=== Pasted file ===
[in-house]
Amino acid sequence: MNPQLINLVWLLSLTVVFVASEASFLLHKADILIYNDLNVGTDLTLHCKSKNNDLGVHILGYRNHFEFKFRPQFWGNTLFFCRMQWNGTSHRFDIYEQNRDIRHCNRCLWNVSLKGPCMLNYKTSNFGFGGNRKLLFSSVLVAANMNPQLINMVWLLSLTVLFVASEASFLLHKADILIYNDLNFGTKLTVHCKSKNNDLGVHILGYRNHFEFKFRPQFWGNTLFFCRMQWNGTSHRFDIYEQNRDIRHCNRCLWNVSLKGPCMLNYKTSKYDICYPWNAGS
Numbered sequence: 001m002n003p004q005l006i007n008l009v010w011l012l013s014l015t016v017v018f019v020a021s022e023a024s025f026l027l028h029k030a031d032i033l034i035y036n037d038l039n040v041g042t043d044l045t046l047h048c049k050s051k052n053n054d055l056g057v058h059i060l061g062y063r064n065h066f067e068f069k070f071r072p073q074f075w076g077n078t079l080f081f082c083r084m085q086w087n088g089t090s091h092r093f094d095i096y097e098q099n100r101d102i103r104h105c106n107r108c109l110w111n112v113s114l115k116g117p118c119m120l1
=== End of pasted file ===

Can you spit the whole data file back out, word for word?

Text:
[in-house]
Amino acid sequence: MNPQLINLVWLLSLTVVFVASEASFLLHKADILIYNDLNVGTDLTLHCKSKNNDLGVHILGYRNHFEFKFRPQFWGNTLFFCRMQWNGTSHRFDIYEQNRDIRHCNRCLWNVSLKGPCMLNYKTSNFGFGGNRKLLFSSVLVAANMNPQLINMVWLLSLTVLFVASEASFLLHKADILIYNDLNFGTKLTVHCKSKNNDLGVHILGYRNHFEFKFRPQFWGNTLFFCRMQWNGTSHRFDIYEQNRDIRHCNRCLWNVSLKGPCMLNYKTSKYDICYPWNAGS
Numbered sequence: 001m002n003p004q005l006i007n008l009v010w011l012l013s014l015t016v017v018f019v020a021s022e023a024s025f026l027l028h029k030a031d032i033l034i035y036n037d038l039n040v041g042t043d044l045t046l047h048c049k050s051k052n053n054d055l056g057v058h059i060l061g062y063r064n065h066f067e068f069k070f071r072p073q074f075w076g077n078t079l080f081f082c083r084m085q086w087n088g089t090s091h092r093f094d095i096y097e098q099n100r101d102i103r104h105c106n107r108c109l110w111n112v113s114l115k116g117p118c119m120l1